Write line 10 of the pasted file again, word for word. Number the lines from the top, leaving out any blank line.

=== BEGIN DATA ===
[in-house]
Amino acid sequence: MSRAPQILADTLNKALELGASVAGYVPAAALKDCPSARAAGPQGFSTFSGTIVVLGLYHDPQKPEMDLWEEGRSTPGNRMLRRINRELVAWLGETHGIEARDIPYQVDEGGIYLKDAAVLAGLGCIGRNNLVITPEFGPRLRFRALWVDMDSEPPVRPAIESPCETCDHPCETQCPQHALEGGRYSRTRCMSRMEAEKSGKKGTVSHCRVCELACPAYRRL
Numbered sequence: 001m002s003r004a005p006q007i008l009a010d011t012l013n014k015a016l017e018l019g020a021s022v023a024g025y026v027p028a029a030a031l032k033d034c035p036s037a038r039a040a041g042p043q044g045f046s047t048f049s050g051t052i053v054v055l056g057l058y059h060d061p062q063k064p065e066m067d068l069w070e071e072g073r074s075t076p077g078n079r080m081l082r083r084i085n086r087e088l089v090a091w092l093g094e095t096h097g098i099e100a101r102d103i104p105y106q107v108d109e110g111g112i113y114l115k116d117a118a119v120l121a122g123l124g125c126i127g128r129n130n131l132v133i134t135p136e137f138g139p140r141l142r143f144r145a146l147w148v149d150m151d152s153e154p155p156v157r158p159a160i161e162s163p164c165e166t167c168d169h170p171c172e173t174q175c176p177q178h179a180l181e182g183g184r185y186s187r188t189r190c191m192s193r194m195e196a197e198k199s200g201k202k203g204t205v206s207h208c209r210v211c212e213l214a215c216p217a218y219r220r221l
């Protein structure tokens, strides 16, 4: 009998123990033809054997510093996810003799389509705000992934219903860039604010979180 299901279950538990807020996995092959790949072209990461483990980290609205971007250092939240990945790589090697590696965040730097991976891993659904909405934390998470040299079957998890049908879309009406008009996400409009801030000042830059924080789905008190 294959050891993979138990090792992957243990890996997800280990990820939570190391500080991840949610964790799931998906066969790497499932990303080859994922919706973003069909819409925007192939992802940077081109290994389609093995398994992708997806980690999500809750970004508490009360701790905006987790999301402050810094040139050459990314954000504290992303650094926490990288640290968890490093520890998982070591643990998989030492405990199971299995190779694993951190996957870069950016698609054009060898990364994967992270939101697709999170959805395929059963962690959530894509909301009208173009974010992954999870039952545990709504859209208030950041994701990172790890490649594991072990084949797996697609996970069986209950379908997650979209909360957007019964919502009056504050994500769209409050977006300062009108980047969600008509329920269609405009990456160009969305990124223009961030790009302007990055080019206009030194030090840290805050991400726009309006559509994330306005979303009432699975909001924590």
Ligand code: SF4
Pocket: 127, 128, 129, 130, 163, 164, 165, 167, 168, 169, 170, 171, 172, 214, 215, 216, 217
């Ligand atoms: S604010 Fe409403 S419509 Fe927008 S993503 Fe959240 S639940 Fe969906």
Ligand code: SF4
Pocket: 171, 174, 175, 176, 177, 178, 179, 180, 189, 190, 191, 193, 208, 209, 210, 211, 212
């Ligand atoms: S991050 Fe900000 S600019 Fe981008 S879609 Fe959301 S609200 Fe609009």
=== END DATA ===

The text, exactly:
């Ligand atoms: S991050 Fe900000 S600019 Fe981008 S879609 Fe959301 S609200 Fe609009």